Conference presentations in May 2009
In May I will be giving two talks based on my ongoing fieldwork in South West region of the UK. The first will be on the 18th of May at the Music of changes: The concept of music-in-action seminar that the SocArts group at Exeter is arranging. My talk will give a brief summary of my fieldwork, with focus on the care and community aspects that I see as key to the community music I am researching. The title is Using music to create a caring community – Participant observation with ‘Singing for the Brain’. On the 27th May I will present a longer version of this paper at the annual postgraduate conference in HUSS.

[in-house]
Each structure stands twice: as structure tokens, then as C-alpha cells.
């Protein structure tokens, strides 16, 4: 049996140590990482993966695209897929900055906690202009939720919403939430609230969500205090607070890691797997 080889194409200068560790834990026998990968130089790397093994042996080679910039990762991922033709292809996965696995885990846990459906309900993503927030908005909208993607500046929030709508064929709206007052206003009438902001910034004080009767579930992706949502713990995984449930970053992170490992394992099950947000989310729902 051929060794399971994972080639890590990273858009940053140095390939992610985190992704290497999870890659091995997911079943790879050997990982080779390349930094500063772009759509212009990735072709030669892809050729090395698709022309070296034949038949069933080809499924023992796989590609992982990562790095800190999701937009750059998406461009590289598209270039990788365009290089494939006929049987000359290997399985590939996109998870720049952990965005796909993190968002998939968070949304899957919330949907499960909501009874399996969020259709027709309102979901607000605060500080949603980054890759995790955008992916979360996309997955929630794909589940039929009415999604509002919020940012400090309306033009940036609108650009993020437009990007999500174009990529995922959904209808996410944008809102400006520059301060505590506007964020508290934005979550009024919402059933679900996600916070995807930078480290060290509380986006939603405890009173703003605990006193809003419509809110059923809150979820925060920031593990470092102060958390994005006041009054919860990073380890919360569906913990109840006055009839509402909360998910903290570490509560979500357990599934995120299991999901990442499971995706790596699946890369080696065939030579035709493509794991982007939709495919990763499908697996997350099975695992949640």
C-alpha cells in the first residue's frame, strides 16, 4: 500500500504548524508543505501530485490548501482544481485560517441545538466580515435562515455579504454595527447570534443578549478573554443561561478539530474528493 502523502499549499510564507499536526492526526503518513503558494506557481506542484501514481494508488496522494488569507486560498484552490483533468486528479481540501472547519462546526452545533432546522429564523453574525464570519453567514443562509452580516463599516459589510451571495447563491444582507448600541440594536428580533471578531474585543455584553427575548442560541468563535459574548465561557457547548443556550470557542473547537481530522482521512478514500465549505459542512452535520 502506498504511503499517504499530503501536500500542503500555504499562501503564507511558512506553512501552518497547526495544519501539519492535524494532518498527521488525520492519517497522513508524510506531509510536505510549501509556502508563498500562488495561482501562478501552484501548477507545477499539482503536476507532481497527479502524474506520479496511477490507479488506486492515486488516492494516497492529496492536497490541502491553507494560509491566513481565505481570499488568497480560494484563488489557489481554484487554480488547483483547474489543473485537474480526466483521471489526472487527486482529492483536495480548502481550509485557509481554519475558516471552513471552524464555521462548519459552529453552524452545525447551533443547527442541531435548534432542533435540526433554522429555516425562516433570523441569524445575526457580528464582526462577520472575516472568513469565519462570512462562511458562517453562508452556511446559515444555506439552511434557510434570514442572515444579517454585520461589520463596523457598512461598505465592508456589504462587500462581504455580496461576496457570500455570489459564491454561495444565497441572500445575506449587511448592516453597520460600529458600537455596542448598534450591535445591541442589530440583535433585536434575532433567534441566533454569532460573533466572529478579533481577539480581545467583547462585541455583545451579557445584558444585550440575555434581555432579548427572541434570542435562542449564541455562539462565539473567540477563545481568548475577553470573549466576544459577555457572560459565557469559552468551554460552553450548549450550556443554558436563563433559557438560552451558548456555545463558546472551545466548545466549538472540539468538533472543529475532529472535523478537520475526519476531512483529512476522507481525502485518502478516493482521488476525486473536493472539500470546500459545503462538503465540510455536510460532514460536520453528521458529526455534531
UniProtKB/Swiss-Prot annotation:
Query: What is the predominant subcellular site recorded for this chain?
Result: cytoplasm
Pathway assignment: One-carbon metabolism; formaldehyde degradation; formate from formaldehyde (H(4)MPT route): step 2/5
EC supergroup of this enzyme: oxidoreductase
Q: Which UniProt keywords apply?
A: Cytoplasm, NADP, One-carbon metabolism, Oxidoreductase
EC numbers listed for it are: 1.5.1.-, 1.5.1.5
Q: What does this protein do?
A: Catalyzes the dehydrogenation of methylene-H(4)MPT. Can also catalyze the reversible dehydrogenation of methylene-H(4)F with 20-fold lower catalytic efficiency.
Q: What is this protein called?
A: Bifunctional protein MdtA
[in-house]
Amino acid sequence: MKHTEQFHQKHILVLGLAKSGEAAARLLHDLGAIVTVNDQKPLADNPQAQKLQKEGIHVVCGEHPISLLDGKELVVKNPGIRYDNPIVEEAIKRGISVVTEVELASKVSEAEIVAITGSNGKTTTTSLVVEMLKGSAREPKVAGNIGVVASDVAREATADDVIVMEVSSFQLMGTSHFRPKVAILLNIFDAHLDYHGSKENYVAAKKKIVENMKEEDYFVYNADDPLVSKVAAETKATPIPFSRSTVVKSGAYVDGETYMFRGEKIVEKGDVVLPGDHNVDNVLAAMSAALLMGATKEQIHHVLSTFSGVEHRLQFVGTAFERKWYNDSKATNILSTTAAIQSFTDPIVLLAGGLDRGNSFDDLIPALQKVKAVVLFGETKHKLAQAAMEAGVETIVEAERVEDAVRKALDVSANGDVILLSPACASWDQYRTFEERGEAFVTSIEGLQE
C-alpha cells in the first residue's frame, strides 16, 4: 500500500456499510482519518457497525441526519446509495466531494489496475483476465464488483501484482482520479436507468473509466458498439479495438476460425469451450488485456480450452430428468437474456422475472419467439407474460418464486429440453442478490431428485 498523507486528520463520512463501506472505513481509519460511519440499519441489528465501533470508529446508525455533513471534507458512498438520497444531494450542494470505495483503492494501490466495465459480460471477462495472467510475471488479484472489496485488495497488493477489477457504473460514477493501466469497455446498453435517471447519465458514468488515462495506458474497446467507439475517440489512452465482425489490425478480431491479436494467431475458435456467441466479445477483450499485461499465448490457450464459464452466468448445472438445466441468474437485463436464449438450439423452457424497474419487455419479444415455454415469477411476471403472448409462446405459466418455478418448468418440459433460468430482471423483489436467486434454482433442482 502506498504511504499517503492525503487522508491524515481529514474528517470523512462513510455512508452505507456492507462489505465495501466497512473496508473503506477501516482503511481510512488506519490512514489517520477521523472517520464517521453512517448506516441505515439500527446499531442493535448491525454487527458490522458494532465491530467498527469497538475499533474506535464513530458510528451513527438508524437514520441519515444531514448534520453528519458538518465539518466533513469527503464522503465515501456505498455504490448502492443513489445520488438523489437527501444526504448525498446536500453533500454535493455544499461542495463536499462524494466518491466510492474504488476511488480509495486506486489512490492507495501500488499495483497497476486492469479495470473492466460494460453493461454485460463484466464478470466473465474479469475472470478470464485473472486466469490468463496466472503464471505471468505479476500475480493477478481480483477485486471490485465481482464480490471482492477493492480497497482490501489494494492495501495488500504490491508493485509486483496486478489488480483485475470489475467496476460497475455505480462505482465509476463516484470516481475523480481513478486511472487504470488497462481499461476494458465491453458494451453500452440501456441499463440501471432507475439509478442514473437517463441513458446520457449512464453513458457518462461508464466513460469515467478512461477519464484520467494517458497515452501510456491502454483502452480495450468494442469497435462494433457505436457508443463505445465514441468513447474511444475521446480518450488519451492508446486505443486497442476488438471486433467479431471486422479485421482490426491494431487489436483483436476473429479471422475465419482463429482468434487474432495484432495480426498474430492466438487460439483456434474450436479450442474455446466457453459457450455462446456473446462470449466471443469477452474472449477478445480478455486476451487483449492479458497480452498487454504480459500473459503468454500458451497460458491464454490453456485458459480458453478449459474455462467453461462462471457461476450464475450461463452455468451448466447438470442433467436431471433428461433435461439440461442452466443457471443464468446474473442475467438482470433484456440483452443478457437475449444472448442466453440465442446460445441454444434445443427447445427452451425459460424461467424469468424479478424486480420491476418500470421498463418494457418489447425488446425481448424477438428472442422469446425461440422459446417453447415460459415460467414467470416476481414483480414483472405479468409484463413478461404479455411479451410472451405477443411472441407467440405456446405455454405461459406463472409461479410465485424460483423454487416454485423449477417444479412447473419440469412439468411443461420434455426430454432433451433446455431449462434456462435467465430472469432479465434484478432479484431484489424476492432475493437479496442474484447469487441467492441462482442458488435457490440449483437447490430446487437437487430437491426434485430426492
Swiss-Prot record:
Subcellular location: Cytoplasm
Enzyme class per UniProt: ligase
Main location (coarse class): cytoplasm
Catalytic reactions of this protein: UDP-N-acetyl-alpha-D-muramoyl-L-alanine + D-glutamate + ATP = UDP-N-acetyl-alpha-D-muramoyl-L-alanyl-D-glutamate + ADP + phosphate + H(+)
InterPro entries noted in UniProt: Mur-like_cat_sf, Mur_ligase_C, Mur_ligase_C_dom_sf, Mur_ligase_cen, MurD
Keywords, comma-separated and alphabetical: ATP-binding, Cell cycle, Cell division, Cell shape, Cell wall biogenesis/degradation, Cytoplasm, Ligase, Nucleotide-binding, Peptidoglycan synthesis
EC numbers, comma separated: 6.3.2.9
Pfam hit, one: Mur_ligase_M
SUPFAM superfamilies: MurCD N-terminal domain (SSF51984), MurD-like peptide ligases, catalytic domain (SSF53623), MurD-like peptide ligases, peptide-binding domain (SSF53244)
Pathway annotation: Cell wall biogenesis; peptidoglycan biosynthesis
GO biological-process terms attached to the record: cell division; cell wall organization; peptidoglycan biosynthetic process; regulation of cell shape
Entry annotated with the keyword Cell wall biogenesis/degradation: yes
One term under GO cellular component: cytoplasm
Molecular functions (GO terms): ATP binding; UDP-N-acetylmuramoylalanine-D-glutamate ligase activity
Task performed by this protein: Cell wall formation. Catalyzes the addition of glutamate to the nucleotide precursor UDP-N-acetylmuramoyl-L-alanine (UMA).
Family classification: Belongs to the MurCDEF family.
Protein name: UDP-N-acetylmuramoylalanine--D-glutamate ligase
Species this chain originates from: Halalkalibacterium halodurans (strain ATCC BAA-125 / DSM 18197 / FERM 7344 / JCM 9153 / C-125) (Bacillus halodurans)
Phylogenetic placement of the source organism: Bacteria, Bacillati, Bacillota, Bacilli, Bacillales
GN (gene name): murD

Music is used in various care settings for older people as a means to promote health, and more specifically; to help with behavioral problems, to regulate emotions and as a means of socialization, bonding and/or re-bonding with others. The facilitators of these musical activities range from music therapists to (former) music teachers to community musicians. often supported/funded by charities or the NHS. A lot of research has been done to evaluate these music therapy sessions and activities. However, little research exist on how music can provide a medium in which identities are cast/recast in the music making process. This paper will present the initial results of my on-going participant observation research with a project called “Singing for the Brain” that involves people with Alzheimer’s and their carers. It is run by the Alzheimer’s Society and music is used to reconnect people with their past memories and to allow people with Alzheimer’s and their carers to bond. I am investigating from a music sociology perspective how musical activities become social capital in the community;, are they beneficial for the carer; are stereotypes of older people constructed / challenged through the musical activities? And are the group-oriented musical activities linked with participants’ music in everyday life and/or their musical biography?